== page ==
In the first reflection, we considered what it means to walk the edge. We considered that the nature of living in the Kingdom of God is to walk the edge with Jesus, to move out of our comfort and security in to the risky, even dangerous places where the Spirit of God moves with healing grace.
In this reflection we continue our exploration of the theme ‘Walking the Edge’ by contemplating the Beatitudes in Matthew 5. Author and Pastor, Brian McLaren, describes the Beatitudes as the ‘Manifesto of the Kingdom’ (see ‘The Secret Message of Jesus’).
I would like to begin by providing the context of the Beatitudes within the Gospel of Matthew. In the opening chapters, especially, of Matthew’s Gospel, Jesus is presented as the new (and greater!) Moses, the liberator of God’s people. There are striking parallels between the opening of Matthew’s Gospel and the stories surrounding Moses’ life and leadership. Matthew’s Gospel opens with a genealogy, typical of that which we see through the book of Genesis. In the ‘Christmas’ story presented by Matthew, God communicates with Joseph through the medium of dreams. In Genesis, Joseph receives and interprets dreams (compare Matthew’s version with Luke where it is Mary who receives the communication from God via the visit of an angel). In both stories, an evil king/pharaoh has all the males 2 years and under killed. In Exodus, Moses escapes when he is set in a basket and found by Pharaoh’s daughter and he is drawn into Egyptian life in the royal family. Jesus’ family escapes to Egypt to avoid the murderous King Herod.
The beginning of Jesus’ ministry occurs following his baptism. He rises up through the waters of the Jordan River and the heavens open up (part) as the Spirit descends upon him. Moses leads the Hebrew people through the Red Sea, which parts for them to move towards the Promised Land. They wander for forty years in the wilderness where they experience a variety of struggles and temptations – both Moses and the people fail. Jesus is thrust into the wilderness for forty days and is tempted – he overcomes the tempter. Moses went up onto the mountain and received the Ten Commandments. In the book of Exodus, we have the Ten Commandments followed by an elaboration of the law for the new community of God’s chosen people as they move towards the Promised Land.
Jesus chose twelve disciples, which represented God’s new people (12 being the number of God’s people – 12 tribes in the Old Testament). He then delivers the Sermon on the Mount – Matthew’s equivalent to the Old Testament lawgiving (compare also Luke’s Gospel where the equivalent sermon is delivered on a plain). The phrase that Matthew uses of Jesus, ‘he went up the mountain’ is a phrase used almost exclusively of Moses – Matthew is directing our attention to Jesus as the ‘new’ Moses’ who will succeed beyond where Moses failed. The Beatitudes are sometimes broken into ten segments to correspond to the Ten Commandments and then follows an elaboration of the ethics, values and ‘laws’ of the Kingdom of God.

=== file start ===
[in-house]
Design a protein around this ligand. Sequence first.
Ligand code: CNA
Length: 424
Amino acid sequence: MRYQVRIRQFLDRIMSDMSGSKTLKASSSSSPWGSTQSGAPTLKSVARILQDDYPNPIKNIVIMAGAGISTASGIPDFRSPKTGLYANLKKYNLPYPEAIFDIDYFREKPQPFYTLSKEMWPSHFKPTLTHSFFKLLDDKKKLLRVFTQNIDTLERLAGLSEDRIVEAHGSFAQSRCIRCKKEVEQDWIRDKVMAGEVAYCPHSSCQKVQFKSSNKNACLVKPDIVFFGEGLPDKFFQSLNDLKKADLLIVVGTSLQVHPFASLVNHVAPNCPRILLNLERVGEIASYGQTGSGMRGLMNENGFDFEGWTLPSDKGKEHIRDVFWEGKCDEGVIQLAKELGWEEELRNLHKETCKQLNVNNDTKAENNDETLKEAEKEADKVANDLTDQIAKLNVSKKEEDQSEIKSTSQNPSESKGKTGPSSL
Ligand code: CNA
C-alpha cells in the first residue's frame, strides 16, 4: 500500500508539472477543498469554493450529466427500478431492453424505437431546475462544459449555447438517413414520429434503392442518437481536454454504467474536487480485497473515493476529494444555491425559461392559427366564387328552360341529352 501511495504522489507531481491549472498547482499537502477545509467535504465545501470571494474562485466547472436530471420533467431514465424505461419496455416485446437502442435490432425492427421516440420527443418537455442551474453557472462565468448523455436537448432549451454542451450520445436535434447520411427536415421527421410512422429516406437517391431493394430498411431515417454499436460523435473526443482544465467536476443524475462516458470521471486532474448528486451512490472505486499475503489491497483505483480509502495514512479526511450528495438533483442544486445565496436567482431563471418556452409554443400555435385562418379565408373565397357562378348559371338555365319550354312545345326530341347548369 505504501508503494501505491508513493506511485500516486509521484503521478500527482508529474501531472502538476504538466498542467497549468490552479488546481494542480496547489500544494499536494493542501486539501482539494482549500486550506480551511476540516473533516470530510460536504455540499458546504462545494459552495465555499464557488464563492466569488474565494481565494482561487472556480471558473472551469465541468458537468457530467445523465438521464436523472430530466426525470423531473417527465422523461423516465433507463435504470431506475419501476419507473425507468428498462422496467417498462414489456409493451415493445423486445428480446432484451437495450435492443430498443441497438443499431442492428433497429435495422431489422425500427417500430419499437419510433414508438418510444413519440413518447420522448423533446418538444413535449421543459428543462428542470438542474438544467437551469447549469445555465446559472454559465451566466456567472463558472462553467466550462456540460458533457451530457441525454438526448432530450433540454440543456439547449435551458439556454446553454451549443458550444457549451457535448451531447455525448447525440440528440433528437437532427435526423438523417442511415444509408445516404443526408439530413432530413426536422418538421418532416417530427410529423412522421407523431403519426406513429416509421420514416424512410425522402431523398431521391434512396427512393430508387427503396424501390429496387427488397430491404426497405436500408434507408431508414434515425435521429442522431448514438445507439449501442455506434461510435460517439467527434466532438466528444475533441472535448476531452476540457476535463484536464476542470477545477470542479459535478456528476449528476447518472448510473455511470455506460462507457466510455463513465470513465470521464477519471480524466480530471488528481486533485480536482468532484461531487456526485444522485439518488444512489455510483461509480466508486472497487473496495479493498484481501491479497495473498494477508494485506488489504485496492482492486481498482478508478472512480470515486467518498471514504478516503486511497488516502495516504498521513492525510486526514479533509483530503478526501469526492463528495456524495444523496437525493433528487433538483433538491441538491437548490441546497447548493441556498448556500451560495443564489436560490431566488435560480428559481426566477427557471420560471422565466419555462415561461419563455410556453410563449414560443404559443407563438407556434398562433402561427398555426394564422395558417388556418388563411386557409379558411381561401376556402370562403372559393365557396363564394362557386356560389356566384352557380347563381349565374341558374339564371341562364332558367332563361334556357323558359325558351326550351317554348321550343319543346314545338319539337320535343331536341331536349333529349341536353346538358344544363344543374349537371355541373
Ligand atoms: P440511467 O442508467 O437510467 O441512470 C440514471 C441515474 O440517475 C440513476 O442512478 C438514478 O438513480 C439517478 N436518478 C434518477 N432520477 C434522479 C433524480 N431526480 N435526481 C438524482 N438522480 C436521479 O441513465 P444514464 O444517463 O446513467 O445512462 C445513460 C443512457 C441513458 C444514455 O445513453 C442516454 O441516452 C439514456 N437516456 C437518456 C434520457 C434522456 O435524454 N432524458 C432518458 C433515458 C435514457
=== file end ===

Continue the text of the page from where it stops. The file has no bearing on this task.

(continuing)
The central message of Jesus in the Gospels is the Kingdom of God. His life, ministry and further teaching elaborates on this central proclamation. The Beatitudes are a manifesto for life in God’s Kingdom.
The form of beatitude derives form the Old Testament and is in the indicative mood. The Greek word we translate as ‘blessed’ has the connotation of ‘salvation’, ‘shalom’ or ‘blessing’. These statements are not rules or practical advice for successful living. They are prophetic declarations built on the conviction of the ‘already-but-not-yet’ Kingdom of God. Hence, these statements indicate the reality of the blessedness or peace of God’s Kingdom, rather than exhort the listener to actions that will result in blessedness. The Beatitudes declare what is in the Kingdom of God – this is how the Kingdom is and those who receive the Kingdom or follow Jesus are typified by these beatitudes.
‘Blessed are the Poor in Spirit’
The first beatitude, ‘Blessed are the poor in spirit, for theirs is the Kingdom of heaven’, has often been misinterpreted by suggesting that Matthew spiritualises ‘poverty’. In Luke’s version the Beatitude is: ‘Blessed are the poor.’ He also includes a series of woes and the corresponding woe is: ‘Woe to the rich.’ He speaks more to the literal, economic dimension. It has often been suggested that Matthew is softening Luke’s harshness to embrace those who aren’t poor as well. This is a comforting position for us in the wealthy west where wealth is perhaps our major barrier to life in the Kingdom as Jesus proclaimed it.